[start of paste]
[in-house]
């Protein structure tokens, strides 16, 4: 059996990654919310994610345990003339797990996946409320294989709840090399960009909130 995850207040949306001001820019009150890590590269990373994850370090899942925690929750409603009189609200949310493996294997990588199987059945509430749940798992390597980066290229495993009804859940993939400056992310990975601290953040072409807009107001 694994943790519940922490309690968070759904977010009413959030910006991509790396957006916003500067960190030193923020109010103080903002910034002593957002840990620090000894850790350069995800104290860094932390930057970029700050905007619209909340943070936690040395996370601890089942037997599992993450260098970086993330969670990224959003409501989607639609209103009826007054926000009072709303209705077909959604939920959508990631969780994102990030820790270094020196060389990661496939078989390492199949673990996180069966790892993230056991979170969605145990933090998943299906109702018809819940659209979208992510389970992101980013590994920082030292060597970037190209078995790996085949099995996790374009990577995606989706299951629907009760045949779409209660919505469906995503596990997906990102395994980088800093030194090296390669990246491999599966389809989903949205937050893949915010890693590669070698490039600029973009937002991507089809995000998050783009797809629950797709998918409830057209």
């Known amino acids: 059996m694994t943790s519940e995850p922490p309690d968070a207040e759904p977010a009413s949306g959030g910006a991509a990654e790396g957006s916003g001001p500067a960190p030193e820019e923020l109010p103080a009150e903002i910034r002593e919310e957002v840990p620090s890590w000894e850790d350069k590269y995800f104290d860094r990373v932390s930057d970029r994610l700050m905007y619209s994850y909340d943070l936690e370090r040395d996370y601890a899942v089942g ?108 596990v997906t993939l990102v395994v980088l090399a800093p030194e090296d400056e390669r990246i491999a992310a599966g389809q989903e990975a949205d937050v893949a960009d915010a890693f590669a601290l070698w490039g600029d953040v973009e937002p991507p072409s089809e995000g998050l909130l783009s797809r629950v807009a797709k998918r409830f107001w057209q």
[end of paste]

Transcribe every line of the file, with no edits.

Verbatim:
[in-house]
């Protein structure tokens, strides 16, 4: 059996990654919310994610345990003339797990996946409320294989709840090399960009909130 995850207040949306001001820019009150890590590269990373994850370090899942925690929750409603009189609200949310493996294997990588199987059945509430749940798992390597980066290229495993009804859940993939400056992310990975601290953040072409807009107001 694994943790519940922490309690968070759904977010009413959030910006991509790396957006916003500067960190030193923020109010103080903002910034002593957002840990620090000894850790350069995800104290860094932390930057970029700050905007619209909340943070936690040395996370601890089942037997599992993450260098970086993330969670990224959003409501989607639609209103009826007054926000009072709303209705077909959604939920959508990631969780994102990030820790270094020196060389990661496939078989390492199949673990996180069966790892993230056991979170969605145990933090998943299906109702018809819940659209979208992510389970992101980013590994920082030292060597970037190209078995790996085949099995996790374009990577995606989706299951629907009760045949779409209660919505469906995503596990997906990102395994980088800093030194090296390669990246491999599966389809989903949205937050893949915010890693590669070698490039600029973009937002991507089809995000998050783009797809629950797709998918409830057209």
């Known amino acids: 059996m694994t943790s519940e995850p922490p309690d968070a207040e759904p977010a009413s949306g959030g910006a991509a990654e790396g957006s916003g001001p500067a960190p030193e820019e923020l109010p103080a009150e903002i910034r002593e919310e957002v840990p620090s890590w000894e850790d350069k590269y995800f104290d860094r990373v932390s930057d970029r994610l700050m905007y619209s994850y909340d943070l936690e370090r040395d996370y601890a899942v089942g ?108 596990v997906t993939l990102v395994v980088l090399a800093p030194e090296d400056e390669r990246i491999a992310a599966g389809q989903e990975a949205d937050v893949a960009d915010a890693f590669a601290l070698w490039g600029d953040v973009e937002p991507p072409s089809e995000g998050l909130l783009s797809r629950v807009a797709k998918r409830f107001w057209q």